No similar law has been passed for the three insular territories that still have Article IV status, though there have been calls from time to time that these judges also deserve the protection of life tenure.

Current Judges[edit]

Chief Judge Aida M. Delgado-Colon

There are seven authorized active judgeships in the Puerto Rico District Court. Six active judges are currently sitting, together with four senior judges who may elect to supervise reduced caseloads.

# Title Judge Duty station Born Term of service Appointed by
Active Chief Senior
16 Chief Judge Aida Delgado-Colon San Juan 1955 2006–present 2011–present G.W. Bush
8 District Judge Carmen Consuelo Cerezo San Juan 1940 1980–present 1993–1999 Carter
12 District Judge José A. Fusté San Juan 1943 1985–present 2004–2011 Reagan
15 District Judge Jay A. Garcia-Gregory San Juan 1944 2000–present Clinton
17 District Judge Gustavo Antonio Gelpi Jr. San Juan 1965 2006–present G.W. Bush
18 District Judge Francisco Besosa San Juan 1949 2006–present G.W. Bush
19 District Judge Pedro A. Delgado Hernández San Juan 1956 2014–present Obama
6 Senior District Judge Juan Manuel Perez-Gimenez San Juan 1941 1979–2006 1984–1991 2006–present Carter
10 Senior District Judge Raymond L. Acosta inactive 1925 1982–1994 1994–present Reagan
13 Senior District Judge Salvador E. Casellas San Juan 1935 1994–2005 2005–present Reagan
14 Senior District Judge Daniel R. Dominguez San Juan 1945 1994–2011 2011–present Clinton

Former Judges[edit]

# Judge State Born/Died Active service Chief Judge Senior status Appointed by Reason for
termination
1 Cancio, Hiram RafaelHiram Rafael Cancio PR 1920–2008 1967–1974 1967–1974 Johnson, L.L. Johnson resignation
2 Fernandez-Badillo, Juan B.Juan B. Fernandez-Badillo PR 1912–1989 1967–1972 1972–1989 Johnson, L.L. Johnson death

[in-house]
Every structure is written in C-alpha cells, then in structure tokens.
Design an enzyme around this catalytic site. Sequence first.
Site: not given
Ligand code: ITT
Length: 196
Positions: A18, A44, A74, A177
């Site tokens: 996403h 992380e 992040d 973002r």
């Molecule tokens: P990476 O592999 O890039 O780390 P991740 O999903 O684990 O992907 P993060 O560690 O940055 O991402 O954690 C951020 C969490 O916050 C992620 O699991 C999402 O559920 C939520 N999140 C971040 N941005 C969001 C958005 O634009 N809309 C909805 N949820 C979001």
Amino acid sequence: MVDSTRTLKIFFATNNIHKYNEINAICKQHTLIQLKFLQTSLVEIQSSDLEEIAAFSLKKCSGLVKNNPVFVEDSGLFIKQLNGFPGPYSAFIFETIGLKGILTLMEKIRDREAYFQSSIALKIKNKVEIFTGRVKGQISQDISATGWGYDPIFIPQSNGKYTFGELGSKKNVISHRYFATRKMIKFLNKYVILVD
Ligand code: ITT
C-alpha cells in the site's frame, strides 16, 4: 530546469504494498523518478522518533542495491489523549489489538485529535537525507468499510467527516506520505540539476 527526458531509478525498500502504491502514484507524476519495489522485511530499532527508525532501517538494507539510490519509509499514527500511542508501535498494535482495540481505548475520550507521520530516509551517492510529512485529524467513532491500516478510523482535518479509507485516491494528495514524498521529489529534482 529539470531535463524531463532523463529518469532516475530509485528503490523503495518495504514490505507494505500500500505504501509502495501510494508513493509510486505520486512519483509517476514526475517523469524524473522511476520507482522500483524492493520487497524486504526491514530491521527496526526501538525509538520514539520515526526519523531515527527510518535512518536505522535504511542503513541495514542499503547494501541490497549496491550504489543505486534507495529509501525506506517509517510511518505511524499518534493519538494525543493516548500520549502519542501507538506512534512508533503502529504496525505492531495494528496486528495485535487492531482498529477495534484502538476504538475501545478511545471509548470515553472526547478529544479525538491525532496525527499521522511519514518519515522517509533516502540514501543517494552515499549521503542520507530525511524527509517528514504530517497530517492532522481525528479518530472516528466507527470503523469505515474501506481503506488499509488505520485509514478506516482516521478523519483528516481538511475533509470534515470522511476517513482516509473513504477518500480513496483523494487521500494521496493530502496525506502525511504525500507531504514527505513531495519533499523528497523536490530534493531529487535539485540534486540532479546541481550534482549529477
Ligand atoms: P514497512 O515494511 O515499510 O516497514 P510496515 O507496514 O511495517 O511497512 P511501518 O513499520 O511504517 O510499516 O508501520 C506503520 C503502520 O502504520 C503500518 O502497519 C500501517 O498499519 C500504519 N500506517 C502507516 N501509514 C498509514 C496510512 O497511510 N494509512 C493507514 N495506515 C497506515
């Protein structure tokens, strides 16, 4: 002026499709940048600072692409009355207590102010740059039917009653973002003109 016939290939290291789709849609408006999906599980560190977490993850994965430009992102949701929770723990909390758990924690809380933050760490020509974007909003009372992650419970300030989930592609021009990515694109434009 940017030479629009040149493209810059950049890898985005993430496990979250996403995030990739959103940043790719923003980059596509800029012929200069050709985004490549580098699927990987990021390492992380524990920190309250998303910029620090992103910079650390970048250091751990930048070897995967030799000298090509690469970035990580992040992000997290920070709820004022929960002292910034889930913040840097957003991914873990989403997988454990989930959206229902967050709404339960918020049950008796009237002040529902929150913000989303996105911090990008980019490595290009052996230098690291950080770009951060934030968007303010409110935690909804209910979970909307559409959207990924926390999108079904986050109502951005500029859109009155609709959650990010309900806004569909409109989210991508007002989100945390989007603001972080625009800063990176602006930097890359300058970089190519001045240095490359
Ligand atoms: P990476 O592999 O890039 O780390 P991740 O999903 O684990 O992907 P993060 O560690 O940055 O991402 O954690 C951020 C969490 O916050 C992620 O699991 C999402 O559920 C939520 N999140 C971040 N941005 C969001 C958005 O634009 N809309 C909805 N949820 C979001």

3 Toledo, Jose VictorJose Victor Toledo PR 1931–1980 1970–1980 1974–1980 Nixon, Nixon death
4 Pesquera, Hernan GregorioHernan Gregorio Pesquera PR 1924–1982 1972–1982 1980–1982 Nixon, Nixon death
5 Torruella, Juan R.Juan R. Torruella PR 1933–present 1974–1984 1982–1984 Ford, Ford reappointment
7 Gierbolini-Ortiz, GilbertoGilberto Gierbolini-Ortiz PR 1926–2009 1980–1993 1991–1993 1993–2004 Carter, Carter retirement
9 Pieras Jr., JaimeJaime Pieras Jr. PR 1924–2011 1982–1993 1993–2011 Reagan, Reagan death
11 Laffitte, Hector ManuelHector Manuel Laffitte PR 1934–present 1983–2005 1999–2004 2005–2007 Reagan, Reagan retirement

Succession of seats[edit]

Article I Judges[edit]

Judges who served on the Court from 1900 to 1966, before it became an Article III court, were:

During this period, judges for the District of Puerto Rico were appointed by the President for 4-year terms until 1938, and thereafter for 8-year terms. The court statutorily comprised a single judge until 1961, when a second judgeship was authorized by Congress, although the position was not actually filled until 1965. Until the 1950s, when the District Court judgeship was vacant, when the judge was away from Puerto Rico, or when the court's docket became overly backlogged, sitting judges of the Supreme Court of Puerto Rico were designated to act as judges of the federal court.

Judge Ruiz-Nazario, appointed by President Harry Truman in 1952, was the first Puerto Rican to serve as a judge of Puerto Rico's federal court.

See also[edit]

References[edit]

  1. ^ "Office of the United States Attorneys". Executive Office for United States Attorneys. United States Department of Justice. Retrieved 25 January 2014. 
  2. ^ Public Law 89-571, 80 Stat. 764.

External links[edit]